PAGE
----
Handbook of Research and Policy in Art Education

By Elliot W. Eisner; Michael D. Day | Go to book overview

36
Curriculum Change for the 21st
Century: Visual Culture
in Art Education
Kerry Freedman
Northern Illinois University
Patricia Stuhr
The Ohio State University

CURRICULUM AND VISUAL CULTURE

National and international art educators have begun to move away from the emphasis on traditional fine arts disciplines toward a broader range of visual arts and cultural issues (BallengeeMorris & Stuhr, 2001; Barbosa, 1991; Blandy, 1994; Congdon, 1991; Duncum, 1990; Freedman, 1994, 2000; Garber, 1995; Garoian, 1999; Hernández, 2000; Hicks, 1990; Jagodzinski, 1997; Neperud, 1995; Smith-Shank, 1996; Tavin, 2000). These contributors to the field have argued for a transformation of art education in response to changing conditions in the contemporary world where the visual arts, including popular arts and contemporary fine art, are an increasingly important part of the larger visual culture that surrounds and shapes our daily lives. In the process of this transformation, art educators are replacing older views of curriculum and instruction with an expanded vision of the place of visual arts in human experience.

The change in art education has historical roots. From the beginning of public school art education in the late 19th century, a range of design forms have been included in the field. For example, early art education focused on industrial drawing and handicrafts; children's interests became a topic of art education by the 1920s; art in daily life was a slogan of the 1930s; during World War II, visual propaganda was taught in school; and during the 1960s, crafts increased in popularity. In the following 2 decades, a few art educators addressed important issues in the uses of popular culture and mass-media technologies, contextualizing these in relation to students' lives (Chalmers, 1981; Grigsby, 1977; Lanier, 1969; 1974; McFee & Degge, 1977; Neperud, 1973; Wilson & Wilson, 1977; Wilson, Hurwitz, & Wilson, 1987).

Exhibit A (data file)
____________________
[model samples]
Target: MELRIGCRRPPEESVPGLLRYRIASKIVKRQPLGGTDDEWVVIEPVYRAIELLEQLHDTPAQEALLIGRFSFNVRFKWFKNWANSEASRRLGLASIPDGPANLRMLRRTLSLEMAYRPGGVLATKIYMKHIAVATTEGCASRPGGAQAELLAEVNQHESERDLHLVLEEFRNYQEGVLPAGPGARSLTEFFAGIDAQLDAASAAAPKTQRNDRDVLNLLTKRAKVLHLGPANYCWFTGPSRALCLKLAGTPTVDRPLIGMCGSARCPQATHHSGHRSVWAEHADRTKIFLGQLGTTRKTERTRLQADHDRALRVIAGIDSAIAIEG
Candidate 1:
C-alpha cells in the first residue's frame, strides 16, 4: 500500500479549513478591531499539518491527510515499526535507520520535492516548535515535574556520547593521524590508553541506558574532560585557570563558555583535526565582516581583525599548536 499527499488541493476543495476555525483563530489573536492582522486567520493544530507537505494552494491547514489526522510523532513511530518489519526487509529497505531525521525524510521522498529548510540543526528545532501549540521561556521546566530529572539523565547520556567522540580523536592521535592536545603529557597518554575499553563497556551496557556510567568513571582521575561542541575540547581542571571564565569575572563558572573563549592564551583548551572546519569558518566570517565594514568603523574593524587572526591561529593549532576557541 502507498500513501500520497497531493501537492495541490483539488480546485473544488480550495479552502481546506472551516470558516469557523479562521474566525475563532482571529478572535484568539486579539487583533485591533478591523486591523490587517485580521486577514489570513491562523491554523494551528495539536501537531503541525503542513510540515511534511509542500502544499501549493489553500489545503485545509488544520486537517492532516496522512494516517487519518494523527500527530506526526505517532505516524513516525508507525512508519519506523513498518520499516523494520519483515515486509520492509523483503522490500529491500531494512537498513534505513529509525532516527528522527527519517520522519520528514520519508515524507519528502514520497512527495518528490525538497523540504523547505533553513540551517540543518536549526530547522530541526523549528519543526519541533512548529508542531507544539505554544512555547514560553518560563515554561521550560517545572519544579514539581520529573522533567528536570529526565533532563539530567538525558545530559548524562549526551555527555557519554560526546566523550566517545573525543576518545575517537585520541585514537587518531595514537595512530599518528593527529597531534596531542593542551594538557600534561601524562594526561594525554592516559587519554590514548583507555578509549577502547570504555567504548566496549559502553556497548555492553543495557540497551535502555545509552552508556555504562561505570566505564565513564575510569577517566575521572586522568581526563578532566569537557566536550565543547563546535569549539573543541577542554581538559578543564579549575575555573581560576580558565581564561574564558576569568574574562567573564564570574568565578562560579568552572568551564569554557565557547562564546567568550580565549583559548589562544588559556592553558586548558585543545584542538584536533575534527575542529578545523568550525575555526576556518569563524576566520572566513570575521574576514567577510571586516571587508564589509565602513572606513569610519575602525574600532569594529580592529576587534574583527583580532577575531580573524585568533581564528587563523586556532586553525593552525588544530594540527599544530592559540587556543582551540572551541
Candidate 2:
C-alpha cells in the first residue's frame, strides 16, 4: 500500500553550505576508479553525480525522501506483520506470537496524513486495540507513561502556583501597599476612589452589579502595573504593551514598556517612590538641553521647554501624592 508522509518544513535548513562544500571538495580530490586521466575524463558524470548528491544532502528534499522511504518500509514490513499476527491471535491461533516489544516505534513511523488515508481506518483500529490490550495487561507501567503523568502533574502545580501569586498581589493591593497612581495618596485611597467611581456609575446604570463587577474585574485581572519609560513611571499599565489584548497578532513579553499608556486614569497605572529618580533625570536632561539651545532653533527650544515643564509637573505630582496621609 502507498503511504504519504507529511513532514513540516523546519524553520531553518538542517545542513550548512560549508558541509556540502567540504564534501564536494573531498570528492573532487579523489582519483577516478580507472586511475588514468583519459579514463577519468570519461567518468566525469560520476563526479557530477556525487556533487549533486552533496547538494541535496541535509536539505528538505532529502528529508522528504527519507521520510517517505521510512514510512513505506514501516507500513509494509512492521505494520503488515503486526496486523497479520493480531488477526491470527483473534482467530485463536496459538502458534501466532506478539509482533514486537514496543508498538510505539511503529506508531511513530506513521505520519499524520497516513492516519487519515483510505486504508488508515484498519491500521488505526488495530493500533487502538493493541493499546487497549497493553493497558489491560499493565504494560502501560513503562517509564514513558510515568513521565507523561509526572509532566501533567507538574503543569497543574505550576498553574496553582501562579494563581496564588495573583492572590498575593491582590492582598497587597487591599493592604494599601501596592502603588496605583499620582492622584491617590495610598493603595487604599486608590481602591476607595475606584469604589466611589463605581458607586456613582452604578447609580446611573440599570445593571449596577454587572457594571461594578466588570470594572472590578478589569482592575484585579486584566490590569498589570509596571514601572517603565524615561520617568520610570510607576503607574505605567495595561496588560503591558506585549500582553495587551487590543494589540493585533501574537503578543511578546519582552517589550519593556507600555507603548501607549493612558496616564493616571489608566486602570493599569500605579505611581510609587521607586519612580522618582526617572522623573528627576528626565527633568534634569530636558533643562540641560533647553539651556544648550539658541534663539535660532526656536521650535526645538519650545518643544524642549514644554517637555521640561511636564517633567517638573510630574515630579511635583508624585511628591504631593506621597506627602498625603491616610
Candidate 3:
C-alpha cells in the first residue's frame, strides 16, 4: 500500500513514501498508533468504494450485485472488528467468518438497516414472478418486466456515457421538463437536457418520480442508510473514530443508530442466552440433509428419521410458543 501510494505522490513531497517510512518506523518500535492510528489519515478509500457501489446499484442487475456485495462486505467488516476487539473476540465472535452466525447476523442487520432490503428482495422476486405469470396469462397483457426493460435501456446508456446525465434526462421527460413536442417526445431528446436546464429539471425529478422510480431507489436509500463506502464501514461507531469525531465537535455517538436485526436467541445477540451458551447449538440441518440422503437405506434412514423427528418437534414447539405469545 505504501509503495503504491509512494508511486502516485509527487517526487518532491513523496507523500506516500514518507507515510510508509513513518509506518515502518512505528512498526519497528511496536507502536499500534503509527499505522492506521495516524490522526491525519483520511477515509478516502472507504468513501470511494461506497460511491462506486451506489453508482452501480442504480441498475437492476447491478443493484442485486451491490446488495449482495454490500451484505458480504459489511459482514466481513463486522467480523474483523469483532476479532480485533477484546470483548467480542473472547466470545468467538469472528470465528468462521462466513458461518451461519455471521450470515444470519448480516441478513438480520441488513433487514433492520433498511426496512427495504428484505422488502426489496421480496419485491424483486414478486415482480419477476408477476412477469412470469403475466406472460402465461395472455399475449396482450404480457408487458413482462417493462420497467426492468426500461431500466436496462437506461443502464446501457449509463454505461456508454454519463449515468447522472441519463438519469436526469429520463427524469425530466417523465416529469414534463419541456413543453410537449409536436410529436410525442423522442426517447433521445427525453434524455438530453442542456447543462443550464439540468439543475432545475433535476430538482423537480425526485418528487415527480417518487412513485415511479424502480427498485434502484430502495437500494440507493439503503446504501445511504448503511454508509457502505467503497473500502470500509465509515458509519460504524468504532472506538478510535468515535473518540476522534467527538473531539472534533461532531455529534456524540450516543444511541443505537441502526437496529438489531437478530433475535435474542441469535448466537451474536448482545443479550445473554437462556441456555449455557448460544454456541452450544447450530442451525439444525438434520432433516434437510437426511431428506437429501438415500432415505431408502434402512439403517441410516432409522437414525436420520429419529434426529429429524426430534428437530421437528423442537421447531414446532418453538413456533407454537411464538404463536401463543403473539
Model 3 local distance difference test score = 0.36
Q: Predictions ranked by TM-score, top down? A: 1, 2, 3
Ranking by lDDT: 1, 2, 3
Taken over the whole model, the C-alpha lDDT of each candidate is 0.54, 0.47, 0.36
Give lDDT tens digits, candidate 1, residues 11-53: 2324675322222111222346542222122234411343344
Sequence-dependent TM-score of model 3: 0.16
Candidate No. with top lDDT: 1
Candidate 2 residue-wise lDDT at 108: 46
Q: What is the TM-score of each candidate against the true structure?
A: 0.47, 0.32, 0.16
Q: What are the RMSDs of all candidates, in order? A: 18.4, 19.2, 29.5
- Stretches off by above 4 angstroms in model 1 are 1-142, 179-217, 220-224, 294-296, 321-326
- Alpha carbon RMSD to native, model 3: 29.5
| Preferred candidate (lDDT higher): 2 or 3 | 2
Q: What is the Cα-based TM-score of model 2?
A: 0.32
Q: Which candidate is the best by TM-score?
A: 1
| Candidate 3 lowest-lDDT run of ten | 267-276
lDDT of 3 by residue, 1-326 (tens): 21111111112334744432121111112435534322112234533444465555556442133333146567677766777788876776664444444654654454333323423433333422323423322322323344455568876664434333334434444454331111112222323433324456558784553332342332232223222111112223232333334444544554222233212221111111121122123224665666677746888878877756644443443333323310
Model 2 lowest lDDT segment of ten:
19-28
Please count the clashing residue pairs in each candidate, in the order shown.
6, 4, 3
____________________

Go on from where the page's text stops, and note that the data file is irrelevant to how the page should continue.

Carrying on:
Substantial differences exist between those roots of a generation or more ago and the contemporary movement. This is the case, in part, because the global virtual culture only suggested by theorists before the availability of interactive, personal computers in the early 1980s has now become a reality with its associated proliferation of images and designed objects. The current transformation of art education is more than just a broadening of curriculum content and changes in teaching strategies in response to the immediacy and mass distribution

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